“People’s Referendum”: campaign enters mobilization phase
Members of the “People’s Referendum” coalition have selected and structured questions for a popular referendum, and launched a second round of field trips to the Belarusian regions to meet with people. They plan to make 15 field trips to communities where the opposition has not worked before.
The “People’s Referendum” coalition selected a good range of questions to start mobilization and to unite supporters of changes. New organizations would like to join the coalition. However, coalition members will have to narrow down the list of questions to run a successful campaign in accordance with available resources and taking into account interests of all members.
The “People’s Referendum” coalition has formulated a preliminary list of issues for the campaign and in the near future will finalize the topics to be put up for a plebiscite. If the initiative develops and the referendum takes place, some factors will hinder its success.
Firstly, Electoral Commissions are fully controlled by the Presidential Administration. Changes in the electoral practices are not anticipated. Secondly, the opposition has a limited access to the media. Thirdly, Belarusian society is split over philosophical questions. On some issues, democratic forces’ positions are weaker than the current governments’.
It is unlikely that the government will allow the opposition to hold a full-scale republican referendum. However, the coalition can use the campaign for the mobilization purpose. Ahead of the local elections, the issue of local self-governance seems ‘topical’. However, independent polls say that most people do not believe it is important to empower local councils. Therefore, this issue may only be used in an awareness raising campaign.
The following issues have a greater potential to unite various opposition groups and the wider community: development of relations with the European Union, foreign military bases in Belarus, and the limitation of presidential terms for one person. Most populist slogans, such as free healthcare and education, professional army and government’s accountability are rather blurred for most citizens. Meanwhile, the government does its best to balance out the citizens’ discontent and ‘shrinking’ social benefits.
In September 2013 the Freedom and Progress Party joined the coalition. This party plans to spread the following message during the local elections: “Mayor should be elected by the People”.
The release of Paval Seviarynets, one of the BCD leaders, might give a new impetus to the opposition politics. He is a popular political figure and his authority spreads beyond the BCD party. Many see him as a single candidate in the presidential election. However, during the recent press conference, he denied his presidential ambitions and talked about the need for a unified opposition strategy. This increases the chances for a common opposition strategy during the 2015 presidential campaign.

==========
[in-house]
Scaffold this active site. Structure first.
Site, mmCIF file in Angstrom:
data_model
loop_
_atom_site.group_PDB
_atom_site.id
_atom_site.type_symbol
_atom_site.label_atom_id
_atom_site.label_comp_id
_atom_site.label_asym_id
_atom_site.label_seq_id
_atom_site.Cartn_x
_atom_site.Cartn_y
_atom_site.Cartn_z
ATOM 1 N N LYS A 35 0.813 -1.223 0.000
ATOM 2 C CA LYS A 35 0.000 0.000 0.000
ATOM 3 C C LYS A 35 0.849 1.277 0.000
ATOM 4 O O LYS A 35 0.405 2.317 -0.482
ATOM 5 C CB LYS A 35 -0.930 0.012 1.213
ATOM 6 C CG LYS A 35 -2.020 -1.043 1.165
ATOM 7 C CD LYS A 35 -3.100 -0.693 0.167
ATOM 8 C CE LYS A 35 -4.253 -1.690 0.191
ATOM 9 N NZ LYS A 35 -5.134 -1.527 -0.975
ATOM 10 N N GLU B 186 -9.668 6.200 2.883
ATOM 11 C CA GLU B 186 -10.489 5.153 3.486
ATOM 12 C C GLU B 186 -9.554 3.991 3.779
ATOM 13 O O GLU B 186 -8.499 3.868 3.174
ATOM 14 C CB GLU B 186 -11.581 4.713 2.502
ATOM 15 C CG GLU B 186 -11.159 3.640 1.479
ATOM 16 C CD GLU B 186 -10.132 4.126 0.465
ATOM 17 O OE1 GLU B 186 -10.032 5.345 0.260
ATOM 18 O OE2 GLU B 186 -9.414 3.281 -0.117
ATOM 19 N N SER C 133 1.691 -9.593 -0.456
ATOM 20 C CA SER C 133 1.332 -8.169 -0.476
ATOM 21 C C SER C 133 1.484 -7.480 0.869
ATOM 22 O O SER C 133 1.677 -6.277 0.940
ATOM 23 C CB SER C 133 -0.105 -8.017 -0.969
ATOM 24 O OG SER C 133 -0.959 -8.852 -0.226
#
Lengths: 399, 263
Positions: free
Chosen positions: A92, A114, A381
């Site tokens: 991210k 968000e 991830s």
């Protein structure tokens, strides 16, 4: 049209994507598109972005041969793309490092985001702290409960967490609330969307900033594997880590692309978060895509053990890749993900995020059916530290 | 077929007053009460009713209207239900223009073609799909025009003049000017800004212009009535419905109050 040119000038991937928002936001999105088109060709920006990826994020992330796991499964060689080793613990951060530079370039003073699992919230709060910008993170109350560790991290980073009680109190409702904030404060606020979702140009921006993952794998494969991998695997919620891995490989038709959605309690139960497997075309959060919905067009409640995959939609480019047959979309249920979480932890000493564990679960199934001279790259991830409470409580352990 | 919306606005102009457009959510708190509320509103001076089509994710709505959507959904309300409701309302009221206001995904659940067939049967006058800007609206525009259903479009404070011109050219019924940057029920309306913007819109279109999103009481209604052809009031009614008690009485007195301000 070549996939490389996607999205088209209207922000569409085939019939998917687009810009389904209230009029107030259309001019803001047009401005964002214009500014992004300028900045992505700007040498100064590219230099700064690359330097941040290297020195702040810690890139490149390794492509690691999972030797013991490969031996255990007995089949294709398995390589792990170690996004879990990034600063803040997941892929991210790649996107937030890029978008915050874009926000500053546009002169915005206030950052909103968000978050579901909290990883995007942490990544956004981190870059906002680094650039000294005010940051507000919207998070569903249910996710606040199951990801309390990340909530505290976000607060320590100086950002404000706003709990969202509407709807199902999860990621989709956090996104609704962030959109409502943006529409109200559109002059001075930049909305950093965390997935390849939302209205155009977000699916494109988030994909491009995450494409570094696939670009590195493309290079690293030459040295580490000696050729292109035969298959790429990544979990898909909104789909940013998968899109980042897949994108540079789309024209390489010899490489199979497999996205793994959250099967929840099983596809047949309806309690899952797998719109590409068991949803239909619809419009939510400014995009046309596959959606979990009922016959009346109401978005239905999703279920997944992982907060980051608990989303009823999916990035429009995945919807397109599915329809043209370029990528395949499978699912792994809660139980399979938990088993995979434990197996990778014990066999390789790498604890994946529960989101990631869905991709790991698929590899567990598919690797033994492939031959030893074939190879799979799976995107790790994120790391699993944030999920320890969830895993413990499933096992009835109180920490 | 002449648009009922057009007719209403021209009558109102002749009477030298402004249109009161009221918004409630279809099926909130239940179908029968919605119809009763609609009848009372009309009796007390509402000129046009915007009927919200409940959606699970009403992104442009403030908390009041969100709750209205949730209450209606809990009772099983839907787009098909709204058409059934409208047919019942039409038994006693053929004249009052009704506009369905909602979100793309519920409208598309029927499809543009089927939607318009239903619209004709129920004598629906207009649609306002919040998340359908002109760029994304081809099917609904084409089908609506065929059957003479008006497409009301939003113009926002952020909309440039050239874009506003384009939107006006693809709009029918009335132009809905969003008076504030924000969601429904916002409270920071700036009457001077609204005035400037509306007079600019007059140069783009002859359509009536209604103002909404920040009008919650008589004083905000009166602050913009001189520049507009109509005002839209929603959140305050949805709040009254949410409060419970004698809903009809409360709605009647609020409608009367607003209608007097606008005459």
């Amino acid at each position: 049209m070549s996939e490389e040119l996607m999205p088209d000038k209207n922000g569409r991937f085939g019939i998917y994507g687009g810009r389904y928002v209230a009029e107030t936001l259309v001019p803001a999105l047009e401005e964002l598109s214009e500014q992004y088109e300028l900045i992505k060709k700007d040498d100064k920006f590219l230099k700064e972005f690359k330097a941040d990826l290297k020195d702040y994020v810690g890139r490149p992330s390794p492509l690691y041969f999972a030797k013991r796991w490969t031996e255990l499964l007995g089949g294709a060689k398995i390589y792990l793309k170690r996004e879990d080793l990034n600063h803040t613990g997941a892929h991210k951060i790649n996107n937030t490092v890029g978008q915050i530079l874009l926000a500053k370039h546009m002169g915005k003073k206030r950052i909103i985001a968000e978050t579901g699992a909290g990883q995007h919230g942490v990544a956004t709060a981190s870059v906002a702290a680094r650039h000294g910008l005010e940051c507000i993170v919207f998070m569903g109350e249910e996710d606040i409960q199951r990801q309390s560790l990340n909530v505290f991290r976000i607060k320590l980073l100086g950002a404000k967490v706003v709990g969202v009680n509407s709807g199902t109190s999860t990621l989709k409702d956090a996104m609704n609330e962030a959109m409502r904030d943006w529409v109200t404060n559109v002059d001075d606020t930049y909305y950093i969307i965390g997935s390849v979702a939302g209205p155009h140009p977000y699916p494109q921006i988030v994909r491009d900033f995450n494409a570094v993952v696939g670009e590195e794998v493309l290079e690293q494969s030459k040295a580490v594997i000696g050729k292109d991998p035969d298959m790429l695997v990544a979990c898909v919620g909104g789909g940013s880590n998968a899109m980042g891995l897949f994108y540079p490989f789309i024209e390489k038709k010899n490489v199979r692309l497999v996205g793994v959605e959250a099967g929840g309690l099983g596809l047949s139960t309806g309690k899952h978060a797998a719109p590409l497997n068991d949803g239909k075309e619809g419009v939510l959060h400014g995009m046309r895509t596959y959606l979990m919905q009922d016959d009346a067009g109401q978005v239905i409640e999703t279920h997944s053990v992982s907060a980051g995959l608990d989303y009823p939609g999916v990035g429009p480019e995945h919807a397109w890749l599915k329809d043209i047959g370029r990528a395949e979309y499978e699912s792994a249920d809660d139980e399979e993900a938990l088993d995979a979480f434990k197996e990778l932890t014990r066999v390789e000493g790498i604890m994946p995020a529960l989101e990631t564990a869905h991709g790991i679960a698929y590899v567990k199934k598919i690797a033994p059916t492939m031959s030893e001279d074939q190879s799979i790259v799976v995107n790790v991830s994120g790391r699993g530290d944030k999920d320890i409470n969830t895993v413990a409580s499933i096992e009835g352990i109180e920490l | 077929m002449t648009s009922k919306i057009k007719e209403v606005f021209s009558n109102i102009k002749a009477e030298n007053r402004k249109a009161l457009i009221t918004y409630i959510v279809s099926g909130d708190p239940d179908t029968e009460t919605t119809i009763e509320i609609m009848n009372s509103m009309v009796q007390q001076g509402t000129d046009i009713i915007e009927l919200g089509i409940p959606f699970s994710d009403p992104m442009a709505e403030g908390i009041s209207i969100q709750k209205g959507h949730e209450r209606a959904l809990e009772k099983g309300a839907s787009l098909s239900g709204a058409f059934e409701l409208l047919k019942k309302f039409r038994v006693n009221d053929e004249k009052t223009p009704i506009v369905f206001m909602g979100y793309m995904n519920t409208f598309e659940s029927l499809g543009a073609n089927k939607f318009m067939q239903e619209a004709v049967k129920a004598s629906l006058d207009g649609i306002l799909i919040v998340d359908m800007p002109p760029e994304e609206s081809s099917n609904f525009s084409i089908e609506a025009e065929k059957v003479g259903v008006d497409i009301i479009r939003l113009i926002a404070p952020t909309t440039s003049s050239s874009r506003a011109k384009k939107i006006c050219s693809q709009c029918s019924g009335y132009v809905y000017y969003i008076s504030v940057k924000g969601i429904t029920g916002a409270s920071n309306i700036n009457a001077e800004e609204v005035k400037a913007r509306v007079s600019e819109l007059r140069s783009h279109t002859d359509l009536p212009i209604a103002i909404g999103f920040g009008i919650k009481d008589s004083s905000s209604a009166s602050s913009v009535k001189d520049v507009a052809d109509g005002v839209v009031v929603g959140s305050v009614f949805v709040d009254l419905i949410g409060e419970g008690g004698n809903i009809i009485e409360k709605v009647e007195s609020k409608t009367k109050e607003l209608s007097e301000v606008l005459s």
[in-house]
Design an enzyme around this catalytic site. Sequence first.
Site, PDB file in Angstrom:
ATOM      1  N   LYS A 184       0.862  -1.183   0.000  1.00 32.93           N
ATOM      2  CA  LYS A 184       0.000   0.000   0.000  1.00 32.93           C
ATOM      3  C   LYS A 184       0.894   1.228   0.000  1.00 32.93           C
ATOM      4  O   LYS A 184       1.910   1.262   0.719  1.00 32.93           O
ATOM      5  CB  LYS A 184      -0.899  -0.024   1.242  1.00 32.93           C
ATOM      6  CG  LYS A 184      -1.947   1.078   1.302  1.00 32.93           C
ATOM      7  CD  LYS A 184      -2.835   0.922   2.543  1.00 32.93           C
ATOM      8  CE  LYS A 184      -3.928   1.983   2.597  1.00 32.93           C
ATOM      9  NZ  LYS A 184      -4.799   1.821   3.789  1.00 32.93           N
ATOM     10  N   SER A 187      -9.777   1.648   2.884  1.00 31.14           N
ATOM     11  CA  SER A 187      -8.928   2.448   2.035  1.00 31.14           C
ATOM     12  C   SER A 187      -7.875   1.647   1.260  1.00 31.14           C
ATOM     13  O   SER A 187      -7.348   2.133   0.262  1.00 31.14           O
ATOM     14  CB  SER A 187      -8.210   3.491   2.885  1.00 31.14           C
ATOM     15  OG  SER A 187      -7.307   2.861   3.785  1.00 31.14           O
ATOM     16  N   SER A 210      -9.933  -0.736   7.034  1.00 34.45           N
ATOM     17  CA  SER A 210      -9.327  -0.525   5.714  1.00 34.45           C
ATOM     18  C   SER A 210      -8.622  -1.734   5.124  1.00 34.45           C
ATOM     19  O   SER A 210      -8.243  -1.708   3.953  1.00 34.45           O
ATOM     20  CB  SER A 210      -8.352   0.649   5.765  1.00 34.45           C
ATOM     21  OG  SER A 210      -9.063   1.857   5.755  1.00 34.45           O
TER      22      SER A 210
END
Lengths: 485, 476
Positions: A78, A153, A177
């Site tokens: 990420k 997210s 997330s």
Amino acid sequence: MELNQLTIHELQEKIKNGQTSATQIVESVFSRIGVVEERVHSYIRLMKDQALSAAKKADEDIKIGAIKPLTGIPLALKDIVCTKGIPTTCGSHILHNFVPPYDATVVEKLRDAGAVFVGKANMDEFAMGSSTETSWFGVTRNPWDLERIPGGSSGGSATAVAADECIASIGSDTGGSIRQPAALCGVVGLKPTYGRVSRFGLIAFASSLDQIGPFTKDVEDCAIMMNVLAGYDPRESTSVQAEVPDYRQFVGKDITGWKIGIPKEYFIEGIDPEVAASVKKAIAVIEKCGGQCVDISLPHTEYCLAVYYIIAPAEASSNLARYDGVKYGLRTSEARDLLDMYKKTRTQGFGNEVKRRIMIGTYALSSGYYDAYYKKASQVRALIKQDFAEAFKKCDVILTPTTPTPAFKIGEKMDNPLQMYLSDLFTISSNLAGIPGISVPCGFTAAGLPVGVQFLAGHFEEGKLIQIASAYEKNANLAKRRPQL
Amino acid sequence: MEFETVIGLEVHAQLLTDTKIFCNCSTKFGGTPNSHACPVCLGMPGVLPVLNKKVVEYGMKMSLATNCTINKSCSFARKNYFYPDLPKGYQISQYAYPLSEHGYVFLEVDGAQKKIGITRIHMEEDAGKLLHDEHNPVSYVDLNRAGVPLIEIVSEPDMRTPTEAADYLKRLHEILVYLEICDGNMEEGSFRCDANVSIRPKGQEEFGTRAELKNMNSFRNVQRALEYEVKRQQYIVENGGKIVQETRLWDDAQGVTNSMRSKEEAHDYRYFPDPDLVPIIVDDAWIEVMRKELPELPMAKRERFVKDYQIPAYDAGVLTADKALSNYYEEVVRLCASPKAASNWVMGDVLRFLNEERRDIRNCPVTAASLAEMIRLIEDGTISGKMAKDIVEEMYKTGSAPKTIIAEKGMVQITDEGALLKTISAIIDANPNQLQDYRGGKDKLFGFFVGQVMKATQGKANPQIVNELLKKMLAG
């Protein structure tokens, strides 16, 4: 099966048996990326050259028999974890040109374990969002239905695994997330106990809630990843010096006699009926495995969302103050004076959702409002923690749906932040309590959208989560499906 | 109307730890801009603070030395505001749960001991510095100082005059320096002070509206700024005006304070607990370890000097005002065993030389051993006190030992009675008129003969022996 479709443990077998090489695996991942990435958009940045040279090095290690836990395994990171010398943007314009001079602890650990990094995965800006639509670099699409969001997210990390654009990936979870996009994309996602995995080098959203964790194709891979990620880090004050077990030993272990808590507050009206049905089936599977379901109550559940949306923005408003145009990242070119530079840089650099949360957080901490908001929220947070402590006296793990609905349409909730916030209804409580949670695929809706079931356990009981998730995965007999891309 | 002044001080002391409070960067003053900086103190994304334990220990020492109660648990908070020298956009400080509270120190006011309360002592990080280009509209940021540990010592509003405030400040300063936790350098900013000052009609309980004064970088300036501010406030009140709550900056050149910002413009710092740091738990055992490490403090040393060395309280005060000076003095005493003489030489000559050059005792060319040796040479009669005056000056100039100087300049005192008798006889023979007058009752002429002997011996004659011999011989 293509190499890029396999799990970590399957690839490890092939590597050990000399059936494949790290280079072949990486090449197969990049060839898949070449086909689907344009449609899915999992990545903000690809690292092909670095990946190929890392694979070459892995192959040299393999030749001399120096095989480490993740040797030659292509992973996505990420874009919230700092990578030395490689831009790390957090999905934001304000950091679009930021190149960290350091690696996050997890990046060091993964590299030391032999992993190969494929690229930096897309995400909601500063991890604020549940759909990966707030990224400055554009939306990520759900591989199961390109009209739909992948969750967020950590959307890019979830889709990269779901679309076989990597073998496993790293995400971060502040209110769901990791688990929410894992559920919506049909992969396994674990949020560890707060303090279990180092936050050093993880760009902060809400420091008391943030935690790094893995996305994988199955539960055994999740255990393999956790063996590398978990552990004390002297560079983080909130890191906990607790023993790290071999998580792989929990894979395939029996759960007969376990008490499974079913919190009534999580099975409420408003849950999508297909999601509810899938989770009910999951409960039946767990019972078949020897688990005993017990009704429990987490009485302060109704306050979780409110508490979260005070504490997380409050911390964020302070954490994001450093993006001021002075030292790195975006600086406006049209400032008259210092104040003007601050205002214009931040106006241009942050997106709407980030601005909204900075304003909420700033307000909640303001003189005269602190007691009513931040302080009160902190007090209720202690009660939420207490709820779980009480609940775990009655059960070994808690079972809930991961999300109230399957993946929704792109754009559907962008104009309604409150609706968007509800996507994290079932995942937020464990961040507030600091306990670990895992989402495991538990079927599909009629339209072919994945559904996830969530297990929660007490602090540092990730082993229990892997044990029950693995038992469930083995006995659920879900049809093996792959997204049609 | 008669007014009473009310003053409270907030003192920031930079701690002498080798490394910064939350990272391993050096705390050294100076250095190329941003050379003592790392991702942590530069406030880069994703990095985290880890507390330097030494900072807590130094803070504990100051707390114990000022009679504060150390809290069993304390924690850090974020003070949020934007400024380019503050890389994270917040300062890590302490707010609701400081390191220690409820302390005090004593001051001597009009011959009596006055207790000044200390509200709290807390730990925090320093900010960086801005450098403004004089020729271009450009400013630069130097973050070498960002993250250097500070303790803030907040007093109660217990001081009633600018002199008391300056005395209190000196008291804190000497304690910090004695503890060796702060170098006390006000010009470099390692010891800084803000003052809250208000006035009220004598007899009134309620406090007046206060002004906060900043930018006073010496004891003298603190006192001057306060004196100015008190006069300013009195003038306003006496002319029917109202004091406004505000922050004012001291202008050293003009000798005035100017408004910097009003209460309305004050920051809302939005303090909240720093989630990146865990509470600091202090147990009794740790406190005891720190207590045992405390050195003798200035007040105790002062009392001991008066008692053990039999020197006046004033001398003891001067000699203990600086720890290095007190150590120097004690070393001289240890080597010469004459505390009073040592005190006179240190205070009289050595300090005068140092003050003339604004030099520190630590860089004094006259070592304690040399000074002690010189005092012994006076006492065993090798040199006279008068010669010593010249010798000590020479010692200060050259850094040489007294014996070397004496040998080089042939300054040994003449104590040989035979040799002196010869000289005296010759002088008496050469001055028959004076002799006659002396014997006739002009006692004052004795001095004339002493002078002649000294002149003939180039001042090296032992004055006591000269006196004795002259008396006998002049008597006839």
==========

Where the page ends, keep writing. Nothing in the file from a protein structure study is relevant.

The “People’s Referendum” coalition enhances its capacity. Once the coalition has defined the issues for the plebiscite, other opposition groups might join the campaign.
The Belarusian authorities regard the Catholic conference as yet another international event to promote Minsk as a global negotiating platform. Minsk’s proposal to organise a meeting between the Roman-Catholic Church and the Russian Orthodox Church is rather an image-making undertaking than a serious intention. However, the authorities could somewhat extend the opportunities for the Roman-Catholic Church in Belarus due to developing contacts with the Catholic world.
Minsk is attempting to lay out a mosaic from various international religious, political and sportive events to shape a positive image of Belarus for promoting the Helsinki 2.0 idea.
Belarus’ invitation to the head of the Holy See for a meeting with the Patriarch of the Russian Orthodox Church should be regarded as a continuation of her foreign policy efforts in shaping Minsk’s peacekeeping image and enhancing Belarus’ international weight. The Belarusian authorities are aware that their initiative is unlikely to find supporters among the leadership of the Russian Orthodox Church in Moscow. In Russia, isolationist sentiments prevail.
In addition, for domestic audiences, the authorities make up for the lack of tangible economic growth with demonstrations of growth in Minsk’s authority at international level through providing a platform for religious, sportive and other dialogues.